Personally, I also love books where you can pick it up and turn to any given page for just a tidbit of information instead of being stuck reading from start to finish. It will certainly find a place on my shelves.
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"These genres of fiction are instruments with which women writers can shake up society and prod readers in an uncomfortable direction... It's no surprise that women's fiction focuses on voice and visibility. Women might be told to be quiet, but they still speak up."

Monster, She Wrote is a refreshing and interesting overview of many female writers of the wider horror genre. It profiles the more well-known writers (Mary Shelley and Anne Rice), as well as many who have been influential but are in danger of being forgotten. 

This is an excellent guide: I would recommend getting it in print as opposed to a digital copy, as it is a book that you would want to revisit for reference. It is accessible to a wide audience, and I thoroughly enjoyed reading it.

Thank you to NetGalley for the advanced copy in exchange for an honest review.
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This was a fun read. It was a nice quick and easy flow read. I enjoyed the timeline of writers and their influence and impact they had in the Gothic Horror genre. It was interesting to see how each writer not only opened up new stories and ideas in the genre but how their impact started a wave of new ideas of writing and capturing the audience. I really enjoyed how the recommended reading list. It gave me an ah-ha moment or I didn't think about that title as something similar.  I love the idea that it was not just about the writers but their creations and "monsters", and the lasting impact they had.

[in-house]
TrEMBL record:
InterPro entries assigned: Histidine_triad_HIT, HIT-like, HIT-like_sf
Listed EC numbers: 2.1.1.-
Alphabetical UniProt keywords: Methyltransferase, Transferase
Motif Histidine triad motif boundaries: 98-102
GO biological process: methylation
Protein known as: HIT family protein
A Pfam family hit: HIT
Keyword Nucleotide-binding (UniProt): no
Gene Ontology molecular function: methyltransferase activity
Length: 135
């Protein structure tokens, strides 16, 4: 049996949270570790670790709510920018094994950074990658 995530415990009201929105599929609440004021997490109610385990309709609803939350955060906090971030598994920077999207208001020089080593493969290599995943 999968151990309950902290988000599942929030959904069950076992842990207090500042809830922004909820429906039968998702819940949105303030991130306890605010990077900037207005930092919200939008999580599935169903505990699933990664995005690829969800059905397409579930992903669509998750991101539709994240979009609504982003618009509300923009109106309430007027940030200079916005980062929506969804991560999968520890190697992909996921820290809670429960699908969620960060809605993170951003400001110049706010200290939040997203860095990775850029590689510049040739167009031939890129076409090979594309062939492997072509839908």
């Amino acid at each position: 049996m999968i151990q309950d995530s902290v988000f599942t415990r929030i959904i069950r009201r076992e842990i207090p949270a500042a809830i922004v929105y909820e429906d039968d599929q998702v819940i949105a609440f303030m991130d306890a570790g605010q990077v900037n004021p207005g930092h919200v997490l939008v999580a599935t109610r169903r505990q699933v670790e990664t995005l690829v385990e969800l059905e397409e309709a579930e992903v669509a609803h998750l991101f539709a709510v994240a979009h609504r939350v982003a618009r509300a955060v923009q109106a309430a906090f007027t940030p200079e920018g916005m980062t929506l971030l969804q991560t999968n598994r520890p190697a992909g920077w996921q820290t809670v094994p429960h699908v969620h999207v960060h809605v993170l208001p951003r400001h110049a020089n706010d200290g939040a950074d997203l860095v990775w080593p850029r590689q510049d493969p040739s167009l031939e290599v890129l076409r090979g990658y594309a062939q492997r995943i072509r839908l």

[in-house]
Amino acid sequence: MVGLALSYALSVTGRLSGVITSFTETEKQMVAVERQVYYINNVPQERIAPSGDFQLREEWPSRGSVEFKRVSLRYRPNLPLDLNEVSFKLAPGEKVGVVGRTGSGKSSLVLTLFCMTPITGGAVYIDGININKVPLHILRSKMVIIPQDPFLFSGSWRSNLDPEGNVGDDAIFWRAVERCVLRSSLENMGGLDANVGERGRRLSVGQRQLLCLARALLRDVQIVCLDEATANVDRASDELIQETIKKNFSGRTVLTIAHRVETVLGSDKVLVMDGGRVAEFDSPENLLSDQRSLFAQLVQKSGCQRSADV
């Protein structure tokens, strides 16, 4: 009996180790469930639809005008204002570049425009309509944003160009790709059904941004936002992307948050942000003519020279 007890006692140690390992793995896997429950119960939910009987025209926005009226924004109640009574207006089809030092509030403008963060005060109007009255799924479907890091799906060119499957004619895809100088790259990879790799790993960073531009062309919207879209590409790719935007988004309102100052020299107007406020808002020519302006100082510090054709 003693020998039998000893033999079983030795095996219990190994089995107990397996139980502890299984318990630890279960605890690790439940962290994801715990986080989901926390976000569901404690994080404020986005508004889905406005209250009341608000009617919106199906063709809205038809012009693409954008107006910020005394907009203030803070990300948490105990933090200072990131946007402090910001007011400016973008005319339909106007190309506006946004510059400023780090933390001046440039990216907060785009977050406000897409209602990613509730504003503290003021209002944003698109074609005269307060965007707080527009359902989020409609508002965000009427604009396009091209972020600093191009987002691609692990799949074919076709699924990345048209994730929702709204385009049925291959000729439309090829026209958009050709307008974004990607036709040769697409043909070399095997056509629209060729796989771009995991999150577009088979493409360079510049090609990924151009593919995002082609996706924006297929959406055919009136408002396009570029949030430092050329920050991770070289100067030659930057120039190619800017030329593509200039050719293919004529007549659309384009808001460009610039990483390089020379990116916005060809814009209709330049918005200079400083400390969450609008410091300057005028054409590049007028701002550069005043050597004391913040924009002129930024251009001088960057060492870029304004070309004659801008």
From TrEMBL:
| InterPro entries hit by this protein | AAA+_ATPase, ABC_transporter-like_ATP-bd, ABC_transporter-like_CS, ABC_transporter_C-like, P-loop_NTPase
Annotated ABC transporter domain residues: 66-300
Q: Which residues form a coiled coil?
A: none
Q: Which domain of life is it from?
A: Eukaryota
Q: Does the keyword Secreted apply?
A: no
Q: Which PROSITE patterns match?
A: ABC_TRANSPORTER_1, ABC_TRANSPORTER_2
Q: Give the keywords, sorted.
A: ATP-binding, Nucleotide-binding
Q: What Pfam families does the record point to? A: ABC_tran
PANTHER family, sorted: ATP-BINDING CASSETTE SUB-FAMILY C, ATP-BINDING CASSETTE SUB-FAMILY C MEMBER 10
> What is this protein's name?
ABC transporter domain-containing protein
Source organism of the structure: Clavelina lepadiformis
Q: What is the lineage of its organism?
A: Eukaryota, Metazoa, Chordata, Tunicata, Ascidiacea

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This is a good book for starting out when new into the horror genre. It provides a rich overview of authors in various different giving insight into their backgrounds and how it may influence their writing. It’s reading lists not only offer titles of the authors to check out, but also provides a list of similar titles from other authors. The chapters were reminiscent of online top [number] lists videos and would be a good suggestion for readers who enjoy watching them.